Jul 16, 2021 10:49 PM

Update: China’s Second-Quarter GDP Grows 7.9%, Falling Short of Expectations

China’s GDP grew 7.9% year-on-year (link in Chinese) in the second quarter this year, falling short of market expectations in a sign that the economy’s strong recovery from the Covid-19 pandemic is moderating, official data showed Thursday.

The figure came in below the median estimate for 8.2% growth (link in Chinese) in a Caixin survey of economists. The actual rate was lower than the 18.3% year-on-year surge in the first quarter of 2021, which had been chiefly due to a low comparison base a year earlier, when vast swathes of the Chinese economy were shut down.


In the first quarter of both 2021 and 2020, GDP grew 5.5% year-on-year on average, according to data from the National Bureau of Statistics (NBS). The figure, which plays down the impact of disruptions caused by the Covid-19 pandemic, suggests China’s economic growth is close to its pre-pandemic expansion pace.

For the first half of this year, the GDP growth rate was 12.7% year-on-year.

“In the first half of this year, the economy continued to recover steadily. The cycle of supply and demand was smooth. The fundamentals laid a relatively good foundation for economic operation in the second half of this year,” NBS spokesperson Liu Aihua said at a Thursday press conference (link in Chinese). “Overall, the factors that support further economic recovery and improvement are gradually accumulating and increasing.”

“However, it should also be noted that the pandemic continues to evolve globally, and there are many external uncertainties. The recovery of the domestic economy is uneven, and we still need efforts to consolidate the foundation for recovery and development,” she said.

The June performance of China’s economic gauges showed that private domestic demand saw a stronger growth momentum, Chen Jingyang, an economist with HSBC Bank PLC, wrote in a Thursday research note. Economic growth engines are gradually shifting from property investment to manufacturing investment and household consumption, she added.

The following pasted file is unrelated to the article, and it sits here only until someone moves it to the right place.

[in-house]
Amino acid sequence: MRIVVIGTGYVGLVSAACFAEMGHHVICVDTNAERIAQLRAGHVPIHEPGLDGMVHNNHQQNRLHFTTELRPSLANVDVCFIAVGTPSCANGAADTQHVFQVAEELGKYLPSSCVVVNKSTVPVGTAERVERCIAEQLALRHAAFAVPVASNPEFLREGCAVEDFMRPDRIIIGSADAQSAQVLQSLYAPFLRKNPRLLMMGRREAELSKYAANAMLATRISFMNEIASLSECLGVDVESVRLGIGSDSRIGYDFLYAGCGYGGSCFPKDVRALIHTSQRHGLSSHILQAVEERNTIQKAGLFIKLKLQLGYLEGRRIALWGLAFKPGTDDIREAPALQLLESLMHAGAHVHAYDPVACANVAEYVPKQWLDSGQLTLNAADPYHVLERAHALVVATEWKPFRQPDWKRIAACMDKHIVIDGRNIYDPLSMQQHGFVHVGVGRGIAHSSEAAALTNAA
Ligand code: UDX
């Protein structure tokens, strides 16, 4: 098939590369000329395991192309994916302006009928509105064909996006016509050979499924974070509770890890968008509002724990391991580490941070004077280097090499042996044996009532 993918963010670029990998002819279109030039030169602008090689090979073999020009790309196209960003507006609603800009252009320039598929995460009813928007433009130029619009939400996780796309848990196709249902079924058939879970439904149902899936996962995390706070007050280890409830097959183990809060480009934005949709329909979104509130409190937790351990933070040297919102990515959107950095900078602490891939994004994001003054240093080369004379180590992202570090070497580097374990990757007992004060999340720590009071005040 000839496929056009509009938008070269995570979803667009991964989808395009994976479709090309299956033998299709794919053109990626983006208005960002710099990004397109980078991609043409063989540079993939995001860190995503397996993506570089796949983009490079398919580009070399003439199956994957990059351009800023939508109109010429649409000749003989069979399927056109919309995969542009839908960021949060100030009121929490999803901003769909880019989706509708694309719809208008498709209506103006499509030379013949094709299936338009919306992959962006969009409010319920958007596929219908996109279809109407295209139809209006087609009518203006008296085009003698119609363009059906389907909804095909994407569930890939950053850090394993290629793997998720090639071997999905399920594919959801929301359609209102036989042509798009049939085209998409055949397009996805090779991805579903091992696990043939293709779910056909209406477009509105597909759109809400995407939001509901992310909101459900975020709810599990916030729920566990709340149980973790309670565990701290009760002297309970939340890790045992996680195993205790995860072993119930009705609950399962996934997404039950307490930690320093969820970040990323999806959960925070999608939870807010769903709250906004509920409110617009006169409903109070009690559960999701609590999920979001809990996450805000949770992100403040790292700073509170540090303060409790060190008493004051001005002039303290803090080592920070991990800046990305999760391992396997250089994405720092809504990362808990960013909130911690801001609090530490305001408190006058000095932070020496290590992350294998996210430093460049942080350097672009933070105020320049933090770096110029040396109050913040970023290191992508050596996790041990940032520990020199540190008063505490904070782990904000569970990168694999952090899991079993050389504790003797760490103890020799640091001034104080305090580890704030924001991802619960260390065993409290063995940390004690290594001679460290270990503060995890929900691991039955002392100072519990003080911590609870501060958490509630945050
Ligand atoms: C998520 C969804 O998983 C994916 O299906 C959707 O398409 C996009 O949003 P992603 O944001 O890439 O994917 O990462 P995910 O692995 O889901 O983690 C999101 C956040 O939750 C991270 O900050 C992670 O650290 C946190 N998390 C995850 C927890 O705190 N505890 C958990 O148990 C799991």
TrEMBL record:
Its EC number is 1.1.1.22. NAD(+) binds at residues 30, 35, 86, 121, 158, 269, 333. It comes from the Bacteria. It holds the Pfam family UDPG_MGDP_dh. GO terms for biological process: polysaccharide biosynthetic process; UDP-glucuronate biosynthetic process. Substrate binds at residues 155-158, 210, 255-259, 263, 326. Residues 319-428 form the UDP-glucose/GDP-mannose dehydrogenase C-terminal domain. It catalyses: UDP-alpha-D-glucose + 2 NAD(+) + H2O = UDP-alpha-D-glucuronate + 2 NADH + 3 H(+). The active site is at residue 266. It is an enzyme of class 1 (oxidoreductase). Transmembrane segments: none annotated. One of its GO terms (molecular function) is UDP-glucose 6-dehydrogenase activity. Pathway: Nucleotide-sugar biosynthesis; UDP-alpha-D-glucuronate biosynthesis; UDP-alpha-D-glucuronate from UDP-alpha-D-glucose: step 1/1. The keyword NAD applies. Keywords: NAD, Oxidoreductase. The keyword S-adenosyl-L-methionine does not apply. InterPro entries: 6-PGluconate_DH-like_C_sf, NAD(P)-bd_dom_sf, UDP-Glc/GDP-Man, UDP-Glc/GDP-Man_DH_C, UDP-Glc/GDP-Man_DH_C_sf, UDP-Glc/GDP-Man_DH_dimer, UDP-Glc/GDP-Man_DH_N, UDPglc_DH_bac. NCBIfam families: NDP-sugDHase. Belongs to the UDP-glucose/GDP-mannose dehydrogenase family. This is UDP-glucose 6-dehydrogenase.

Retail sales — which include spending by households, governments and businesses — rose 12.1% year-on-year (link in Chinese) in June, beating the median estimate of 11% growth by Caixin’s pool of economists. That was thanks to the accelerated vaccination campaign in China and a limited impact from the Covid-19 resurgence in South China’s Guangdong province, as the public may have become accustomed to sporadic Covid-19 outbreaks, economists at Nomura International (Hong Kong) Ltd. wrote in a note.

Other than consumption, value-added industrial output — which measures production by factories, mines and utilities — rose 8.3% year-on-year in June (link in Chinese), above the median estimate of 7.8% in the Caixin survey, though slower than 8.8% in May. The growth was supported by China’s stronger-than-expected exports in June, which were bolstered by a post-pandemic recovery in major economies such as Europe, multiple analysts said.


On the investment side, fixed-asset investment, a key driver of domestic demand, grew 12.6% year-on-year (link in Chinese) in the first half, decelerating from a 15.4% rise in the January-to-May period. The rate of expansion also beat the median expectation of 12.1% growth.

Infrastructure investment — which includes spending on road and railway construction and is generally led by the government — rose 7.8% year-on-year (link in Chinese) in the first six months, slower than the 11.8% growth in the first five months. The slowdown was caused by China’s crackdown on local government debt, said economists at Macquarie Group Ltd.

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The Macquarie economists said that the property sector seems to be slowing a bit too fast, after policymakers tightened restrictions on financing in the sector. In the first six months, property development investment grew 15% year-on-year (link in Chinese), slower than the 18.3% growth in the first five months.


The country’s surveyed urban unemployment rate was 5% in June (link in Chinese), the same as the previous month’s.

As for future growth, the economists at Nomura expect China’s GDP growth to further slow to 6.4% in the third quarter and 5.3% in the fourth quarter. They expect downward pressure on growth to increase significantly in the second half of this year, especially in the fourth quarter, due to several factors: pent-up demand subsides, exports weaken as the reopening of developed countries leads to a shift back to services consumption, property tightening measures finally bite, and surging raw material prices suppress real demand.

The Macquarie economists have similar projections, predicting the GDP growth could slow to around 6% in the third quarter and around 5.5% in the fourth quarter.

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Contact reporter Tang Ziyi ( and editor Michael Bellart (

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